Jager-Hyman '00 shadows college applicants in new book| 3/28/08 3:25am
"They're are all relatable even though they're very exceptional and talented," Jager-Hyman said. "They're not perfectionist freaks and competitive monsters -- they're good people."
Jager-Hyman was initially inspired by "The Gatekeepers" a book which gives accounts from college admissions officers and "Chosen," which explores the history of the admissions process. Jager-Hyman chose to follow Harvard applicants because the school is a "wide net for ambitious people" and was the most prestigious school to which all five students applied, she said. Not all five students ultimately matriculated at Harvard, but they all told Jager-Hyman they were happy with the college that they chose.
"Fat Envelope Frenzy" is largely based on information from Jager-Hyman's graduate coursework in education policy and her experience working as the assistant director of admissions at Dartmouth. The book does not give advice on getting into college, but instead focuses on the student perspective of the college application process, which is explored less frequently, according to Jager-Hyman.
"It's different because it's about real people," Jager-Hyan said. "I do try to explain some of the background and the key elements of the process, but only in the context of what the kids are facing, only as it comes up in their lives."
Jager-Hyman originally chose to write the book when she attended a weekend seminar on how to write op-ed and features pieces.
"I wanted to show that college admissions decisions are not personal," Jager-Hyman said. "Admissions officers don't think, 'I'm making a personal decisionabout this applicant's merit or character or potential.'...It's competitive, it's not personal. They're building a class. I wanted to show that by following these kids. They're much more resilient than we're giving them credit for."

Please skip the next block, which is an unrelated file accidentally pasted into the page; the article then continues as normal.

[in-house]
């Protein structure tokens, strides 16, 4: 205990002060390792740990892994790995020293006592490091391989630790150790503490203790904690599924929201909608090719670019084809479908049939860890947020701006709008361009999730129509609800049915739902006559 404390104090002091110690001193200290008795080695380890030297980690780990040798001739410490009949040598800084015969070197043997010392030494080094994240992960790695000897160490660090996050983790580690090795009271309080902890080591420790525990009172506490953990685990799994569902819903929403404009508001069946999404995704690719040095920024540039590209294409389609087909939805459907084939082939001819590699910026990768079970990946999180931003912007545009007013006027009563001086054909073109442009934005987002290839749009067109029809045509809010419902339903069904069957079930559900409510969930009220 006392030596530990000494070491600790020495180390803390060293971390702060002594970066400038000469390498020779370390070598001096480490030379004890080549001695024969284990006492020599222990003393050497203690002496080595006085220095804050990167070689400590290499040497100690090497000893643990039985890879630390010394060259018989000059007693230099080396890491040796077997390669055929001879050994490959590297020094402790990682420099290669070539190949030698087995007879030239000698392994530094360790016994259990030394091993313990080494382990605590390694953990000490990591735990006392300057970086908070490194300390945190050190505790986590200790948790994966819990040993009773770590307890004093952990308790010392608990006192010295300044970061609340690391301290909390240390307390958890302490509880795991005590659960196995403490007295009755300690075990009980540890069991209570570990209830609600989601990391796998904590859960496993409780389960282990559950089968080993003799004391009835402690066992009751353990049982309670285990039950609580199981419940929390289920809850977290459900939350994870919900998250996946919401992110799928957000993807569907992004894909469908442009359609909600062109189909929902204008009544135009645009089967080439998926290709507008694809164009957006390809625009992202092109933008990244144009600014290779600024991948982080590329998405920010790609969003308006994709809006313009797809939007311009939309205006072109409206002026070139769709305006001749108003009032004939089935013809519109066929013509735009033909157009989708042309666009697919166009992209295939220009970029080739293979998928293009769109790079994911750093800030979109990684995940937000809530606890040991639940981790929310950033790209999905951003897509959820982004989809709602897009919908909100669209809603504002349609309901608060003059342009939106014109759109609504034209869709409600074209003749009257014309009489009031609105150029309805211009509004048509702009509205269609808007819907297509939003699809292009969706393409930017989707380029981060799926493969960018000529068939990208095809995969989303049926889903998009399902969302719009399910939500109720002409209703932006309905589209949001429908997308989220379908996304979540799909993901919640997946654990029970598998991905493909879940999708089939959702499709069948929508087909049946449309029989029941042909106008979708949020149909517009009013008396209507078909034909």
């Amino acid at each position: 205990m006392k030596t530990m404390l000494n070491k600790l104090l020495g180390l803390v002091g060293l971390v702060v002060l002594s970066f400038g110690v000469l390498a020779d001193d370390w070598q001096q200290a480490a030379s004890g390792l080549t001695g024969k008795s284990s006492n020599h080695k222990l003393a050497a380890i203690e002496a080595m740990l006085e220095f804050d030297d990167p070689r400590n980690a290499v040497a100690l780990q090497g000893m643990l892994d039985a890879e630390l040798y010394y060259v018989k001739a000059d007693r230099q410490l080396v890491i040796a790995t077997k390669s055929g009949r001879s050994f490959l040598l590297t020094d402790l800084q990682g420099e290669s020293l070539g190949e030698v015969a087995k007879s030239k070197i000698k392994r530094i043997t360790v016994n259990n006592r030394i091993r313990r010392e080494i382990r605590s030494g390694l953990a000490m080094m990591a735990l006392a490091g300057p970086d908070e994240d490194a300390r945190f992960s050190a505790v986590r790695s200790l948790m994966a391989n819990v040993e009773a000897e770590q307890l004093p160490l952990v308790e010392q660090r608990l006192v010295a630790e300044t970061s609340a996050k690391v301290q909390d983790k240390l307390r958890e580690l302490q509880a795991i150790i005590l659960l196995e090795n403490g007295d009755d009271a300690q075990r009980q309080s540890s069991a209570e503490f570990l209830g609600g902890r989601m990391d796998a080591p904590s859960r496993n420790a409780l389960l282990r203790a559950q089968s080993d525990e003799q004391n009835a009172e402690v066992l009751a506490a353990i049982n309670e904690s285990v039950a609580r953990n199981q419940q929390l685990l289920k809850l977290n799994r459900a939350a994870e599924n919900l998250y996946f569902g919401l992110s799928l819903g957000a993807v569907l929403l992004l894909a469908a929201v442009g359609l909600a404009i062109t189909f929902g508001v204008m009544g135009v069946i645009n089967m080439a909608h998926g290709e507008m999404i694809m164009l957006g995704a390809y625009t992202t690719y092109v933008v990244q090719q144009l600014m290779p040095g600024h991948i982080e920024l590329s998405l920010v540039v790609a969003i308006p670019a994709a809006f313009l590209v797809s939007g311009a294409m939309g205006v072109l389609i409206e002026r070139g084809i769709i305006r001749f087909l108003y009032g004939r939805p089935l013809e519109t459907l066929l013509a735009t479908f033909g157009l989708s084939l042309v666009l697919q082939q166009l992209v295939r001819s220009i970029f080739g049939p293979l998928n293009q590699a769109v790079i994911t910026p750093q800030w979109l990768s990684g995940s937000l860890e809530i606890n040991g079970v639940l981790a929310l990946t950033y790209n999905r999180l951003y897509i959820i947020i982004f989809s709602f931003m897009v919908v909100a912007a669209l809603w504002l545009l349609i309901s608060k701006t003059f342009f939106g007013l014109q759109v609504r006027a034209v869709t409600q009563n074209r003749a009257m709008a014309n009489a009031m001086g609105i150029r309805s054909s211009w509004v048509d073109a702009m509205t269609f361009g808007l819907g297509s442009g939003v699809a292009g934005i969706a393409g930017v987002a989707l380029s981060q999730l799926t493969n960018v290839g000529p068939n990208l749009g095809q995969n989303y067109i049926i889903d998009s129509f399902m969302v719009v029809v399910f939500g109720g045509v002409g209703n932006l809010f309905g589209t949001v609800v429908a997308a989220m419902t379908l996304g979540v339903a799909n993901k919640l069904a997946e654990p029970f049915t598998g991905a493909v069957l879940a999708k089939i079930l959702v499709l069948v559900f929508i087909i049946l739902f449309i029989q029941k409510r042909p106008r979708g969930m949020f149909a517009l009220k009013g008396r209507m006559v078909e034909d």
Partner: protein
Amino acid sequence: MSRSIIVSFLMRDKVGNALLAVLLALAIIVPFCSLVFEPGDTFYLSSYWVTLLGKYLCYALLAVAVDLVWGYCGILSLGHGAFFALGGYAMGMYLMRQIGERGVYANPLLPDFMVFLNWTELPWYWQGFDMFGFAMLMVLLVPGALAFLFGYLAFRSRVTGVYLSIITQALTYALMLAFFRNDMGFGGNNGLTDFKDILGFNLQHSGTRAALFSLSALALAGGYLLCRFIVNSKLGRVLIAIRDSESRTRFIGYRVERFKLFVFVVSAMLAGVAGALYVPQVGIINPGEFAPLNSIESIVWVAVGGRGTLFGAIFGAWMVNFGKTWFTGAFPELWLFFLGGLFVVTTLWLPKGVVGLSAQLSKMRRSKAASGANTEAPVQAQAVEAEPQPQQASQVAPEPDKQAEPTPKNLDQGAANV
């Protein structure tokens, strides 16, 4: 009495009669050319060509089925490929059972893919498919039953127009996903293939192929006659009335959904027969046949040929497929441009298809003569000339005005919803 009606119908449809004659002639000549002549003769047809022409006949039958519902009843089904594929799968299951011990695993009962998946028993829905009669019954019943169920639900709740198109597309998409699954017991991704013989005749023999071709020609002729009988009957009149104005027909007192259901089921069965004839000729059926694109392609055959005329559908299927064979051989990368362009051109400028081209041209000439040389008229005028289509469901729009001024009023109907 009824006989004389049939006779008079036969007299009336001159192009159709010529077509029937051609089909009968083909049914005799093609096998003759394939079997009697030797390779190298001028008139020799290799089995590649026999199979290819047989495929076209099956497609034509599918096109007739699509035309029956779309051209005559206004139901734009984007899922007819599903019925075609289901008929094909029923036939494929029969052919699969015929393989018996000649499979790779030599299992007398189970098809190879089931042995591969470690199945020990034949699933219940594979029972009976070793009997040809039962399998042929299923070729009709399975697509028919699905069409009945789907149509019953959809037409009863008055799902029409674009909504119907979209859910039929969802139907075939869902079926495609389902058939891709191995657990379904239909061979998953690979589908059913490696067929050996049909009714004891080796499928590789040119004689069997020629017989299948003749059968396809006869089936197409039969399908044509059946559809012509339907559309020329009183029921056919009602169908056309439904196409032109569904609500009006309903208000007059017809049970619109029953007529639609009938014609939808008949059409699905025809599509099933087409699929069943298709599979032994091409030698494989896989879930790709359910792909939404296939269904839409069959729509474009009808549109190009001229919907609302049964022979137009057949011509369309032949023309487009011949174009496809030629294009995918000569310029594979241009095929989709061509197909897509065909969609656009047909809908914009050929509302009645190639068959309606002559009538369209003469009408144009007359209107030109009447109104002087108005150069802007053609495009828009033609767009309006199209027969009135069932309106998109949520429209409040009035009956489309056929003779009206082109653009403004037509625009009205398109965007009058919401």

The book includes the history behind admissions policies and the SAT, and highlights how American colleges are different from other universities in other countries.
American universities have become increasingly competitive and higher in quality in the past decade, Jager-Hyman noted.
More than 70 colleges and universities have endowments exceeding $1 billion, and the number of applicants is at a historical high. Schools that were previously classified as second tier are now highly competitive, according to Jager-Hyman.
"It's the golden age of college education. It's made by the well-prepared, motivated, ambitious kids who are applying," Jager-Hyman said. "Students have great options, many more than they think."
The growing attraction of attending college has led to a rising apprehension about the admissions process, Jager-Hyman said.
The uncertainty surrounding college admissions had grown so much in Jager-Hyman's tenure at Dartmouth, for example, that people continued to seek her advice even after she had left the College.
"Third cousins would be asking me questions," Jager-Hyman said. "[The atmosphere] seemed to get more and more panicky and people were getting more and more anxious and less informed. The message of my book is really that life does not end after all this happens."
A philosophy major at Dartmouth and currently a Ph.D. student at Harvard University, Jager-Hyman originally became interested in admissions and education policy, the focus of her Ph.D., when serving as Dartmouth's Assistant Director of Admissions in 2000.
She observed many types of high schools in this capacity because admissions officers frequently travel to secondary schools across the country.
"High schools are fascinating," Jager-Hyman said. "I got to see how different resources prepare students differently. In a way, schools condition you to fail or succeed. Schools make a big difference in where you end up."
As an undergraduate, Jager-Hyman was involved in DREAM, Women in Science Project, the Undergraduate Advisor program and Fire and Skoal senior society. The Admissions Office hired her after her senior year.